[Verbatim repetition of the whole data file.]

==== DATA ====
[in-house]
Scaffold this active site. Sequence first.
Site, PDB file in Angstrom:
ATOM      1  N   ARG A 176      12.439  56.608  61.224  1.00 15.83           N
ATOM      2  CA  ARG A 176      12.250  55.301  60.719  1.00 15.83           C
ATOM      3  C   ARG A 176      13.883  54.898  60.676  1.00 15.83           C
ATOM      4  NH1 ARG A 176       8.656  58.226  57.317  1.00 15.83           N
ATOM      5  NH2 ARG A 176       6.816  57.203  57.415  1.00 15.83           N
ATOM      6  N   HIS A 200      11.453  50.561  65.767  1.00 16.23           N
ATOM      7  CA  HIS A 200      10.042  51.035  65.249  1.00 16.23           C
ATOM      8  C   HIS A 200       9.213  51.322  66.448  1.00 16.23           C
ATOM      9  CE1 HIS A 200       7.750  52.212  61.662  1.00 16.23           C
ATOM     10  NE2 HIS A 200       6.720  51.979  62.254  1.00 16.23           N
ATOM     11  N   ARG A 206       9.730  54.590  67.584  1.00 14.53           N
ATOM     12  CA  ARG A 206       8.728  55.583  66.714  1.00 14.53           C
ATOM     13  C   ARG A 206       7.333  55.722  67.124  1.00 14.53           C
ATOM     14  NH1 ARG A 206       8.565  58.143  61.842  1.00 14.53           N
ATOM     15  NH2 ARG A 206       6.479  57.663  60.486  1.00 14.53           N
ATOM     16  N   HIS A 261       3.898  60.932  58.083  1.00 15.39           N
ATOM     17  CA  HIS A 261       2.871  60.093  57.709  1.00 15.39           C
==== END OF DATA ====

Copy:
[in-house]
Scaffold this active site. Sequence first.
Site, PDB file in Angstrom:
ATOM      1  N   ARG A 176      12.439  56.608  61.224  1.00 15.83           N
ATOM      2  CA  ARG A 176      12.250  55.301  60.719  1.00 15.83           C
ATOM      3  C   ARG A 176      13.883  54.898  60.676  1.00 15.83           C
ATOM      4  NH1 ARG A 176       8.656  58.226  57.317  1.00 15.83           N
ATOM      5  NH2 ARG A 176       6.816  57.203  57.415  1.00 15.83           N
ATOM      6  N   HIS A 200      11.453  50.561  65.767  1.00 16.23           N
ATOM      7  CA  HIS A 200      10.042  51.035  65.249  1.00 16.23           C
ATOM      8  C   HIS A 200       9.213  51.322  66.448  1.00 16.23           C
ATOM      9  CE1 HIS A 200       7.750  52.212  61.662  1.00 16.23           C
ATOM     10  NE2 HIS A 200       6.720  51.979  62.254  1.00 16.23           N
ATOM     11  N   ARG A 206       9.730  54.590  67.584  1.00 14.53           N
ATOM     12  CA  ARG A 206       8.728  55.583  66.714  1.00 14.53           C
ATOM     13  C   ARG A 206       7.333  55.722  67.124  1.00 14.53           C
ATOM     14  NH1 ARG A 206       8.565  58.143  61.842  1.00 14.53           N
ATOM     15  NH2 ARG A 206       6.479  57.663  60.486  1.00 14.53           N
ATOM     16  N   HIS A 261       3.898  60.932  58.083  1.00 15.39           N
ATOM     17  CA  HIS A 261       2.871  60.093  57.709  1.00 15.39           C